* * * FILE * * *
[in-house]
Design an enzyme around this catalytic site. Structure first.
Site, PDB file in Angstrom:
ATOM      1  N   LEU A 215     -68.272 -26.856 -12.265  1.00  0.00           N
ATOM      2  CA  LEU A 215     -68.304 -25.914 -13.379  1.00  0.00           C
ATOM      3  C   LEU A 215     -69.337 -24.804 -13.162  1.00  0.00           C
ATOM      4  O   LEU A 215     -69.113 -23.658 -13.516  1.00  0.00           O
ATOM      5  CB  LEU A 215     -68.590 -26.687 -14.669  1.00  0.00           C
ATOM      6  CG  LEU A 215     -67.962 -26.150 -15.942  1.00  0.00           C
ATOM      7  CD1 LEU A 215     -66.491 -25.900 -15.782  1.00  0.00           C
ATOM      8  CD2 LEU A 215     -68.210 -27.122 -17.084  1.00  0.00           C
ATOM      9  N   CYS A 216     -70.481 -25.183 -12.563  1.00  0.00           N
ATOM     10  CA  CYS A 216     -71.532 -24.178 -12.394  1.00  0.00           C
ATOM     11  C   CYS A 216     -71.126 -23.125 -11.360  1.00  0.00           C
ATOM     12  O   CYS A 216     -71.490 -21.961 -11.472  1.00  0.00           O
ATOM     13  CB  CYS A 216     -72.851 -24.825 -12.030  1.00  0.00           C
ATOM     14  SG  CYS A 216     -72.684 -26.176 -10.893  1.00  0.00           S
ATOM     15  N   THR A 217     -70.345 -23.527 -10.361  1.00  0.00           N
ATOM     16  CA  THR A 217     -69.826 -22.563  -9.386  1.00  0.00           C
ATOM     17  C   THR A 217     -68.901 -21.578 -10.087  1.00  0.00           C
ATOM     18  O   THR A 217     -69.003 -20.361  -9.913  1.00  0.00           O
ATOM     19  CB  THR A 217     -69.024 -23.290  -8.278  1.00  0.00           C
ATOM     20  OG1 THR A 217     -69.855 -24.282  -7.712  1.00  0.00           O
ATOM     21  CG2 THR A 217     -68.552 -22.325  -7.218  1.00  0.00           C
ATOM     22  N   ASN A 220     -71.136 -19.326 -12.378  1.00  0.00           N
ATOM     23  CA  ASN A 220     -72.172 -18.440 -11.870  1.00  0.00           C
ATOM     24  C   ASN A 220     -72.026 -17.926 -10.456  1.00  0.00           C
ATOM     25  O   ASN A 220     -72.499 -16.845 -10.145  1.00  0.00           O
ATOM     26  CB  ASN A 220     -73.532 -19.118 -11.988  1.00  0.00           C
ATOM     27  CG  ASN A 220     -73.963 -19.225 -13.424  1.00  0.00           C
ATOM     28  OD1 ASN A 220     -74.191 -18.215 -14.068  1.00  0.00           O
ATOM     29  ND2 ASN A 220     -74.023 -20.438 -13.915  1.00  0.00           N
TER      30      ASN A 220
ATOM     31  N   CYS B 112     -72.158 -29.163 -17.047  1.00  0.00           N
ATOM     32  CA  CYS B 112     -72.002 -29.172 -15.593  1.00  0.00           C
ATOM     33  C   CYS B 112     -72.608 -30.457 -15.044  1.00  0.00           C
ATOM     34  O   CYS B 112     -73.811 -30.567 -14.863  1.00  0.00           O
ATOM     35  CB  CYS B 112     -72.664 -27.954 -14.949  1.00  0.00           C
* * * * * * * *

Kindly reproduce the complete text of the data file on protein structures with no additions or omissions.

[in-house]
Design an enzyme around this catalytic site. Structure first.
Site, PDB file in Angstrom:
ATOM      1  N   LEU A 215     -68.272 -26.856 -12.265  1.00  0.00           N
ATOM      2  CA  LEU A 215     -68.304 -25.914 -13.379  1.00  0.00           C
ATOM      3  C   LEU A 215     -69.337 -24.804 -13.162  1.00  0.00           C
ATOM      4  O   LEU A 215     -69.113 -23.658 -13.516  1.00  0.00           O
ATOM      5  CB  LEU A 215     -68.590 -26.687 -14.669  1.00  0.00           C
ATOM      6  CG  LEU A 215     -67.962 -26.150 -15.942  1.00  0.00           C
ATOM      7  CD1 LEU A 215     -66.491 -25.900 -15.782  1.00  0.00           C
ATOM      8  CD2 LEU A 215     -68.210 -27.122 -17.084  1.00  0.00           C
ATOM      9  N   CYS A 216     -70.481 -25.183 -12.563  1.00  0.00           N
ATOM     10  CA  CYS A 216     -71.532 -24.178 -12.394  1.00  0.00           C
ATOM     11  C   CYS A 216     -71.126 -23.125 -11.360  1.00  0.00           C
ATOM     12  O   CYS A 216     -71.490 -21.961 -11.472  1.00  0.00           O
ATOM     13  CB  CYS A 216     -72.851 -24.825 -12.030  1.00  0.00           C
ATOM     14  SG  CYS A 216     -72.684 -26.176 -10.893  1.00  0.00           S
ATOM     15  N   THR A 217     -70.345 -23.527 -10.361  1.00  0.00           N
ATOM     16  CA  THR A 217     -69.826 -22.563  -9.386  1.00  0.00           C
ATOM     17  C   THR A 217     -68.901 -21.578 -10.087  1.00  0.00           C
ATOM     18  O   THR A 217     -69.003 -20.361  -9.913  1.00  0.00           O
ATOM     19  CB  THR A 217     -69.024 -23.290  -8.278  1.00  0.00           C
ATOM     20  OG1 THR A 217     -69.855 -24.282  -7.712  1.00  0.00           O
ATOM     21  CG2 THR A 217     -68.552 -22.325  -7.218  1.00  0.00           C
ATOM     22  N   ASN A 220     -71.136 -19.326 -12.378  1.00  0.00           N
ATOM     23  CA  ASN A 220     -72.172 -18.440 -11.870  1.00  0.00           C
ATOM     24  C   ASN A 220     -72.026 -17.926 -10.456  1.00  0.00           C
ATOM     25  O   ASN A 220     -72.499 -16.845 -10.145  1.00  0.00           O
ATOM     26  CB  ASN A 220     -73.532 -19.118 -11.988  1.00  0.00           C
ATOM     27  CG  ASN A 220     -73.963 -19.225 -13.424  1.00  0.00           C
ATOM     28  OD1 ASN A 220     -74.191 -18.215 -14.068  1.00  0.00           O
ATOM     29  ND2 ASN A 220     -74.023 -20.438 -13.915  1.00  0.00           N
TER      30      ASN A 220
ATOM     31  N   CYS B 112     -72.158 -29.163 -17.047  1.00  0.00           N
ATOM     32  CA  CYS B 112     -72.002 -29.172 -15.593  1.00  0.00           C
ATOM     33  C   CYS B 112     -72.608 -30.457 -15.044  1.00  0.00           C
ATOM     34  O   CYS B 112     -73.811 -30.567 -14.863  1.00  0.00           O
ATOM     35  CB  CYS B 112     -72.664 -27.954 -14.949  1.00  0.00           C